Changing Careers from Marketing Comms to Software Engineering: Pam at LoyaltyLion



SheCanCode recently met up with Pam, Junior Software Engineer at LoyaltyLion, to hear about how a passion for tech turned from a hobby into a career.

Tell us about your journey into tech

I originally did a degree in Marketing Communications. While I played around a lot with computers as a teenager and made one too many GeoCities websites, it didn’t dawn on me to pursue it as a career at the time and marketing felt like the right thing to study.

After working in PR & marketing for around 4 years at corporates, I switched to freelancing–working with startups and NGO’s to improve their content marketing and online presence.

There were times where I had to learn bits of HTML & CSS to edit blog posts for clients and I found that quite interesting, so I signed up for an online frontend development course. After about a year, I figured really wanted to give programming a shot, so I scaled down my freelancing work to have more time to learn. That was when I started learning JavaScript.

I found it incredibly challenging at first and wanted to give up more times than I can remember, thinking I would never ‘get’ it. Looking back, I’m so glad I didn’t. With lots of practice, it eventually began to stick. I remember reaching out on online forums, asking what now seem like trivial questions, and receiving so much advice and direction which really helped unblock me.

Tip: Don’t be frightened to use online forums. The diversity of responses is invaluable to help you progress

“It wasn’t necessarily something that I picked up straight away, I had to persist with it but eventually it stuck!”

Patience and Commitment

It took me about a year and a half of working while learning how to code before I felt ready to begin applying for jobs.

During that time, I did lots of tutorials and exercises including ones on Treehouse (highly recommended!), Freecodecamp, Codewars, and participated in an all women’s coding course.

The turning point for me was doing Wes Bos’ React for Beginners and I remember feeling completely overwhelmed, but I was determined to understand the basics of React, so I ended up doing it twice.

I then took what I built in that course and used it as a starting point for my own web app. I found that I’ve learnt so much more that way. While tutorials are great when you’re new to a topic, it’s incredible how much more you end up learning by jumping into the deep end and building something without structured guidance–it’s also a great way of validating everything you’ve learnt so far and becoming better at problem-solving (and Googling!).

Tip: Tutorials are a great starting point, but nothing compares to building your own stuff through trial and error.

How did you hear about LoyaltyLion?

I met them at Silicon Milkroundabout and they were all friendly. More importantly I thought that their product, which helps brands build data-driven loyalty programs, was different. About a week later, I got an email from them and was invited for an interview.

They were the first company I interviewed with. I consider myself extremely lucky to have gotten an offer for the first job I applied for. It just so happened that the role they were looking to fill did match my skill level. Plus, it felt like a good cultural fit both ways.

From day one, the team has been incredibly supportive and invested in my progress as a developer. Within a few days I was deploying my first change to production. This was daunting but also immediately made me feel part of the team. Since then, I’ve worked on new and existing features within frontend and backend areas of the codebase.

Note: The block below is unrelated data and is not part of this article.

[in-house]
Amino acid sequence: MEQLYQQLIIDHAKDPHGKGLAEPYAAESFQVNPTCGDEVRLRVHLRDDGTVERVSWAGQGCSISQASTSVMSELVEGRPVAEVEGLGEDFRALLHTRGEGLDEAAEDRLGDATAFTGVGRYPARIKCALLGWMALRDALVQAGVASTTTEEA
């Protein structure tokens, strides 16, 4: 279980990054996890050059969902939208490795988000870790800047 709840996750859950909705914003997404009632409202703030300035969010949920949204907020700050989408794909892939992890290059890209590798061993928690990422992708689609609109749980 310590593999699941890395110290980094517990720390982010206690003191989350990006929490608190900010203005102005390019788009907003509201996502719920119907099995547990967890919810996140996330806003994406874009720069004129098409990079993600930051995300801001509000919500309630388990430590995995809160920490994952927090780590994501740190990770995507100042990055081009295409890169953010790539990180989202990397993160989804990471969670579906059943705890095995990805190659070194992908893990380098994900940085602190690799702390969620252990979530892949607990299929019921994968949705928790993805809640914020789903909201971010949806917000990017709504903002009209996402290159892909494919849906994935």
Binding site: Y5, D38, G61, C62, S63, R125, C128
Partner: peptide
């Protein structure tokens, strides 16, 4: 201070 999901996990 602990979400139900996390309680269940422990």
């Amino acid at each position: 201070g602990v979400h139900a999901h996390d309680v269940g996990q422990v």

LoyaltyLion and Diversity

Overall, LoyaltyLion’s gender split is around 50/50 which is pretty great. There are currently six people in the software engineering team. Although I’m the only woman at the moment, I’ve never felt sidelined in any way–at the end of the day, I’m just one of the engineers.

It’s been a tough journey at times, but it’s also been so rewarding. As much as I felt that I was learning tons from online tutorials and courses, it doesn’t compare to how much knowledge I’ve gained in my first 6 months as a software engineer.

Tips for learning

Build a varied portfolio. This could include side projects as well as projects that you’ve built from tutorials.  They don’t have to be overly complicated. It communicates that you’re passionate about programming and that you like to experiment in your spare time.

Leave the comfort zone of tutorials and start building side projects. Even when you feel like you’re not ready, it’s a great way to practice problem-solving. You’d be surprised at how much you actually know.

Finished building an app from a tutorial or course? Try building it again from scratch. Branch off it and add features to make it your own to reinforce what you’ve just learned.


Sabina Molka, Director of People Engagement & Development at DocuWare, shares her insights on navigating the path to leadership for women.
Get ready to hone your tech skills with Adam Biddlecombe, "The AI Guy" and the Co-Founder & CEO of Mindstream, an esteemed AI-focused news blog.
Roxy Law, Senior Talent Solutions Manager at Robert Half, offers insights on how candidates, especially women in tech, can enhance their chances of success through...
Shadi Rostami cracks open the secrets to becoming a great data engineer. Shadi is the Senior/Executive VP of Engineering at Amplitude, a leading digital analytics...

This website stores cookies on your computer. These cookies are used to improve your website and provide more personalized services to you, both on this website and through other media. To find out more about the cookies we use, see our Privacy Policy.